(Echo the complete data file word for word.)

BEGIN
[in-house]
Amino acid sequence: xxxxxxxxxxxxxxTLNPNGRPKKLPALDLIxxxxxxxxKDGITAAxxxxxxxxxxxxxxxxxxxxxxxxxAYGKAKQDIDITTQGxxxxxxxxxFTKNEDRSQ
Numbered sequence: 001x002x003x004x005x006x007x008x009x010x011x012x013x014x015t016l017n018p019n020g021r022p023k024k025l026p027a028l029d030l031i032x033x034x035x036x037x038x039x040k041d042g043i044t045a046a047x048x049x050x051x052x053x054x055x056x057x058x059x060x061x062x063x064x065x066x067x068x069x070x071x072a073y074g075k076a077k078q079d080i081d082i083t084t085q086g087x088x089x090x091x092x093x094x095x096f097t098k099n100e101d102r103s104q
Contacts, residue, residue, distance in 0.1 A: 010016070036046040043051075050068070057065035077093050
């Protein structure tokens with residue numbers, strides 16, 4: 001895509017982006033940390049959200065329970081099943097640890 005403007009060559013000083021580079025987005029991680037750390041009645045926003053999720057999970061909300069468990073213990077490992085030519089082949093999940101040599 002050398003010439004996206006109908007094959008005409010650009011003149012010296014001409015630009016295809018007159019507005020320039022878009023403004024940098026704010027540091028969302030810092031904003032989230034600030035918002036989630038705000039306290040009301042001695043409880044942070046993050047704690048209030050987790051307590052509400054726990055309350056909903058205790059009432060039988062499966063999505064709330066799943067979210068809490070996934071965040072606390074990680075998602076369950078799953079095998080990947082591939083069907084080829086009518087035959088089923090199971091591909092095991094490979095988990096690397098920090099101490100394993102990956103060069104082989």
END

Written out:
[in-house]
Amino acid sequence: xxxxxxxxxxxxxxTLNPNGRPKKLPALDLIxxxxxxxxKDGITAAxxxxxxxxxxxxxxxxxxxxxxxxxAYGKAKQDIDITTQGxxxxxxxxxFTKNEDRSQ
Numbered sequence: 001x002x003x004x005x006x007x008x009x010x011x012x013x014x015t016l017n018p019n020g021r022p023k024k025l026p027a028l029d030l031i032x033x034x035x036x037x038x039x040k041d042g043i044t045a046a047x048x049x050x051x052x053x054x055x056x057x058x059x060x061x062x063x064x065x066x067x068x069x070x071x072a073y074g075k076a077k078q079d080i081d082i083t084t085q086g087x088x089x090x091x092x093x094x095x096f097t098k099n100e101d102r103s104q
Contacts, residue, residue, distance in 0.1 A: 010016070036046040043051075050068070057065035077093050
């Protein structure tokens with residue numbers, strides 16, 4: 001895509017982006033940390049959200065329970081099943097640890 005403007009060559013000083021580079025987005029991680037750390041009645045926003053999720057999970061909300069468990073213990077490992085030519089082949093999940101040599 002050398003010439004996206006109908007094959008005409010650009011003149012010296014001409015630009016295809018007159019507005020320039022878009023403004024940098026704010027540091028969302030810092031904003032989230034600030035918002036989630038705000039306290040009301042001695043409880044942070046993050047704690048209030050987790051307590052509400054726990055309350056909903058205790059009432060039988062499966063999505064709330066799943067979210068809490070996934071965040072606390074990680075998602076369950078799953079095998080990947082591939083069907084080829086009518087035959088089923090199971091591909092095991094490979095988990096690397098920090099101490100394993102990956103060069104082989």